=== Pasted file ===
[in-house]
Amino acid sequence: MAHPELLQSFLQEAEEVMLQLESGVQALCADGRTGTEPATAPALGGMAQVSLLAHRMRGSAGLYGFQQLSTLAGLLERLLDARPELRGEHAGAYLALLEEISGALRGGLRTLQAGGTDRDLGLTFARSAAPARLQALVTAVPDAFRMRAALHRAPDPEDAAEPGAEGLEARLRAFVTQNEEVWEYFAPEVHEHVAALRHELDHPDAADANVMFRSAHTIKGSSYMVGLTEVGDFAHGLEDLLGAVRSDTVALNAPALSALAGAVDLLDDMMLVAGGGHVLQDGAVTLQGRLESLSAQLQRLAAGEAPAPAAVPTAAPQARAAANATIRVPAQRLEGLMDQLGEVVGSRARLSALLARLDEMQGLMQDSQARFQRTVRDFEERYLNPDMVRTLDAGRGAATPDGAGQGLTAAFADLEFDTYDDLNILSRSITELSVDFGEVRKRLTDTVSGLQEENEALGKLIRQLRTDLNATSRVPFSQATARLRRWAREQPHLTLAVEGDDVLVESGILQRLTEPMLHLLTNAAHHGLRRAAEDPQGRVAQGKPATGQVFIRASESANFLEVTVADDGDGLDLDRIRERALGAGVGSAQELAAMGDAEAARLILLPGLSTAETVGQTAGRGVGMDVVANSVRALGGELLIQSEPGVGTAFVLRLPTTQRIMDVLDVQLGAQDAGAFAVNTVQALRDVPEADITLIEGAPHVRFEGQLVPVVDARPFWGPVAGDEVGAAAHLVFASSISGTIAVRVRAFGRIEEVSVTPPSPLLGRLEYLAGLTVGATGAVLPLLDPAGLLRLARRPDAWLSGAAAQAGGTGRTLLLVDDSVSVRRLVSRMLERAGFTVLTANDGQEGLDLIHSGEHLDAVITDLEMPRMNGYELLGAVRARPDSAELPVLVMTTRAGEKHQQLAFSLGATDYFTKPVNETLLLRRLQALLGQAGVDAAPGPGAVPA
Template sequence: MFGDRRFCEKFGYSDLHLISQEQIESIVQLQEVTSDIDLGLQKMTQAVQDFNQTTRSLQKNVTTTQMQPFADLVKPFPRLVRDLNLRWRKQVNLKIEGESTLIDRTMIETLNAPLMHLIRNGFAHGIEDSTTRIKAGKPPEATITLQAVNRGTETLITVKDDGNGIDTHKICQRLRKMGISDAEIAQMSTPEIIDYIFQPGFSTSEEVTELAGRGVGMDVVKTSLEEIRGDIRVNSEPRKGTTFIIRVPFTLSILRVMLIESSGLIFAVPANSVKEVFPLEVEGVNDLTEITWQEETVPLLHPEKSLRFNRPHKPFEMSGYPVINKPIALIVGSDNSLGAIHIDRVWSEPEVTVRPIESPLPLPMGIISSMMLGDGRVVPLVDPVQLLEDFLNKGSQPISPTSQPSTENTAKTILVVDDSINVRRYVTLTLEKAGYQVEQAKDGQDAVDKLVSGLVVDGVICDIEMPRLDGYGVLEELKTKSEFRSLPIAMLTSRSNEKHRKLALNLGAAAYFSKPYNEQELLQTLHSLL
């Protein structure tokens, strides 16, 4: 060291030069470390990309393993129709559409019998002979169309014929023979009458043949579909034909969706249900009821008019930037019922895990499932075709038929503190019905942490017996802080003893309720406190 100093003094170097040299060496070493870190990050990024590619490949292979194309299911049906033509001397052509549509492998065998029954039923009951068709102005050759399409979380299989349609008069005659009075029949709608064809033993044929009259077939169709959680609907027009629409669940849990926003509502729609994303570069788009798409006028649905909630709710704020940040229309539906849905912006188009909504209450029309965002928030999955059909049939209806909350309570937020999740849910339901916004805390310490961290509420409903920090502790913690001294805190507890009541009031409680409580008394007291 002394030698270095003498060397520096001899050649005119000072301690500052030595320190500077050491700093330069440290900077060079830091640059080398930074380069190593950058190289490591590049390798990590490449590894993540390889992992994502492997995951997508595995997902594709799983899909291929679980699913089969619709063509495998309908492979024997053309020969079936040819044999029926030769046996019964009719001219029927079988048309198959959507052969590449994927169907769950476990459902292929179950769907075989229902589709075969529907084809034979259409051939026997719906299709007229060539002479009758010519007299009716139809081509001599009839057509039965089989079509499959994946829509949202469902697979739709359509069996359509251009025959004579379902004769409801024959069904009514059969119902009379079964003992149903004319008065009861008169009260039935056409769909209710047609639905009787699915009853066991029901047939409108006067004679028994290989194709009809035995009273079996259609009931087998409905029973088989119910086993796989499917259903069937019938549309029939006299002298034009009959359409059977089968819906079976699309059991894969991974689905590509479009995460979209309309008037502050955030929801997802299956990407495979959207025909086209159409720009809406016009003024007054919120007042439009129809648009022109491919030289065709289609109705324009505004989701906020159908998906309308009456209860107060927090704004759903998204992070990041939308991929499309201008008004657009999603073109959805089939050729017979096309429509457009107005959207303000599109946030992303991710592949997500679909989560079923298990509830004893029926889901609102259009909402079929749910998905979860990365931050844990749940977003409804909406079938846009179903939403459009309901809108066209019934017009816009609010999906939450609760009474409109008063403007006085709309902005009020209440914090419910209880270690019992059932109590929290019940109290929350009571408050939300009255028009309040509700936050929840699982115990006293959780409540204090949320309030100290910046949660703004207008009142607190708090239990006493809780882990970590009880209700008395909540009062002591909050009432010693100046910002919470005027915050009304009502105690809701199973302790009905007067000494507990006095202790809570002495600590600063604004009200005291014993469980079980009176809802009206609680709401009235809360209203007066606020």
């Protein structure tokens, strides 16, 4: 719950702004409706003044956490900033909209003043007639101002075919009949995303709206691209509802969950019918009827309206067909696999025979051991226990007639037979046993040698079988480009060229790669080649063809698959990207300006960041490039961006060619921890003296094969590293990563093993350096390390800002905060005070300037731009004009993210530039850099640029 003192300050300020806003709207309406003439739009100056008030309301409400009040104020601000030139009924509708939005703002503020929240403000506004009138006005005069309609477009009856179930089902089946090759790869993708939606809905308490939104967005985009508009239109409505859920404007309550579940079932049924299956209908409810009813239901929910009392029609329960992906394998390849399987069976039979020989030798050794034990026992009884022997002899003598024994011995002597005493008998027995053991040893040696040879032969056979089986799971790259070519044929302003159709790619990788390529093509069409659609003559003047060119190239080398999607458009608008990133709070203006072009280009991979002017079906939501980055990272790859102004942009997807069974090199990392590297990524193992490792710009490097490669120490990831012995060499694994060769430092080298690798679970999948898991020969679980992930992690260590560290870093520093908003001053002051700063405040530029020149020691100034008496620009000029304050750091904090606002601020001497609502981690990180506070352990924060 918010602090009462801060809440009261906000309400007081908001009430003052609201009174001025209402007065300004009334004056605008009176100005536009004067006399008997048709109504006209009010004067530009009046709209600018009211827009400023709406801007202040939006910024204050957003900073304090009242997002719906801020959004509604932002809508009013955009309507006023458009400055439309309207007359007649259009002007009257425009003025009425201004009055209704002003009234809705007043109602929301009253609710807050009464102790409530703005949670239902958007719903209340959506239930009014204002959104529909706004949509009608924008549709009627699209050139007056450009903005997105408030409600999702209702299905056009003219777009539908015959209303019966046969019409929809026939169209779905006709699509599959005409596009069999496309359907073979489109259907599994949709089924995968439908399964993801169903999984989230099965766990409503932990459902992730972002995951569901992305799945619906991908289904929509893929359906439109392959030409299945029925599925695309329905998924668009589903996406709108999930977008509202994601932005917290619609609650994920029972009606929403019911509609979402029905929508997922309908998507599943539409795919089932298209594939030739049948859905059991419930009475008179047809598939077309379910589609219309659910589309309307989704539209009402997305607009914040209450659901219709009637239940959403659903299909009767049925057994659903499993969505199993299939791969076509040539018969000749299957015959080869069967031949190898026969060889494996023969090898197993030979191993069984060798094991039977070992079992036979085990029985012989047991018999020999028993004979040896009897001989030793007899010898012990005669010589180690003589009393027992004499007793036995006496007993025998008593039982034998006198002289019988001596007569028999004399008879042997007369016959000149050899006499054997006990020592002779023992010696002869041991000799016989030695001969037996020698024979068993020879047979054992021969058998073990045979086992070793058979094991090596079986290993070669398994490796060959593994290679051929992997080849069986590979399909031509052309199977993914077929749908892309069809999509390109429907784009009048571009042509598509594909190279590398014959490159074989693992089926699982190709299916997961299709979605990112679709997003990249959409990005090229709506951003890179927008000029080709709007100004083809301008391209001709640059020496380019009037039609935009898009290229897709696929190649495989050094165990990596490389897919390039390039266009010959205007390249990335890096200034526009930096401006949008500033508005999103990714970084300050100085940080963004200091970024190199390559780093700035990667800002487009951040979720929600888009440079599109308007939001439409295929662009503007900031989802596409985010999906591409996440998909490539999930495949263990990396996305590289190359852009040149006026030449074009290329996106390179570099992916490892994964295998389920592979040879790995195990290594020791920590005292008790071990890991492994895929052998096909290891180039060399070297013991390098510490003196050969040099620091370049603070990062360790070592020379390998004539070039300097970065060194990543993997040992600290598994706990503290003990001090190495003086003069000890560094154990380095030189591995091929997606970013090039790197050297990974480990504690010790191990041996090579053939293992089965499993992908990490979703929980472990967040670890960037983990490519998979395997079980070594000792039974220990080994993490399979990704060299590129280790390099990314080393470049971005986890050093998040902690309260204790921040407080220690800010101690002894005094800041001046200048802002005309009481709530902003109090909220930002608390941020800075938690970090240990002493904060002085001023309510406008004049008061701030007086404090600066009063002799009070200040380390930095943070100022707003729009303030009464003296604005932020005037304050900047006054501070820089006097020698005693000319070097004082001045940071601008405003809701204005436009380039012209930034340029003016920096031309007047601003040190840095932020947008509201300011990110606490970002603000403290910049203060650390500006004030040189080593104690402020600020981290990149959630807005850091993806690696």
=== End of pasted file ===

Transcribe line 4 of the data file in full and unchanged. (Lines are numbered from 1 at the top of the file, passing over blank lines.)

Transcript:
């Protein structure tokens, strides 16, 4: 060291030069470390990309393993129709559409019998002979169309014929023979009458043949579909034909969706249900009821008019930037019922895990499932075709038929503190019905942490017996802080003893309720406190 100093003094170097040299060496070493870190990050990024590619490949292979194309299911049906033509001397052509549509492998065998029954039923009951068709102005050759399409979380299989349609008069005659009075029949709608064809033993044929009259077939169709959680609907027009629409669940849990926003509502729609994303570069788009798409006028649905909630709710704020940040229309539906849905912006188009909504209450029309965002928030999955059909049939209806909350309570937020999740849910339901916004805390310490961290509420409903920090502790913690001294805190507890009541009031409680409580008394007291 002394030698270095003498060397520096001899050649005119000072301690500052030595320190500077050491700093330069440290900077060079830091640059080398930074380069190593950058190289490591590049390798990590490449590894993540390889992992994502492997995951997508595995997902594709799983899909291929679980699913089969619709063509495998309908492979024997053309020969079936040819044999029926030769046996019964009719001219029927079988048309198959959507052969590449994927169907769950476990459902292929179950769907075989229902589709075969529907084809034979259409051939026997719906299709007229060539002479009758010519007299009716139809081509001599009839057509039965089989079509499959994946829509949202469902697979739709359509069996359509251009025959004579379902004769409801024959069904009514059969119902009379079964003992149903004319008065009861008169009260039935056409769909209710047609639905009787699915009853066991029901047939409108006067004679028994290989194709009809035995009273079996259609009931087998409905029973088989119910086993796989499917259903069937019938549309029939006299002298034009009959359409059977089968819906079976699309059991894969991974689905590509479009995460979209309309008037502050955030929801997802299956990407495979959207025909086209159409720009809406016009003024007054919120007042439009129809648009022109491919030289065709289609109705324009505004989701906020159908998906309308009456209860107060927090704004759903998204992070990041939308991929499309201008008004657009999603073109959805089939050729017979096309429509457009107005959207303000599109946030992303991710592949997500679909989560079923298990509830004893029926889901609102259009909402079929749910998905979860990365931050844990749940977003409804909406079938846009179903939403459009309901809108066209019934017009816009609010999906939450609760009474409109008063403007006085709309902005009020209440914090419910209880270690019992059932109590929290019940109290929350009571408050939300009255028009309040509700936050929840699982115990006293959780409540204090949320309030100290910046949660703004207008009142607190708090239990006493809780882990970590009880209700008395909540009062002591909050009432010693100046910002919470005027915050009304009502105690809701199973302790009905007067000494507990006095202790809570002495600590600063604004009200005291014993469980079980009176809802009206609680709401009235809360209203007066606020």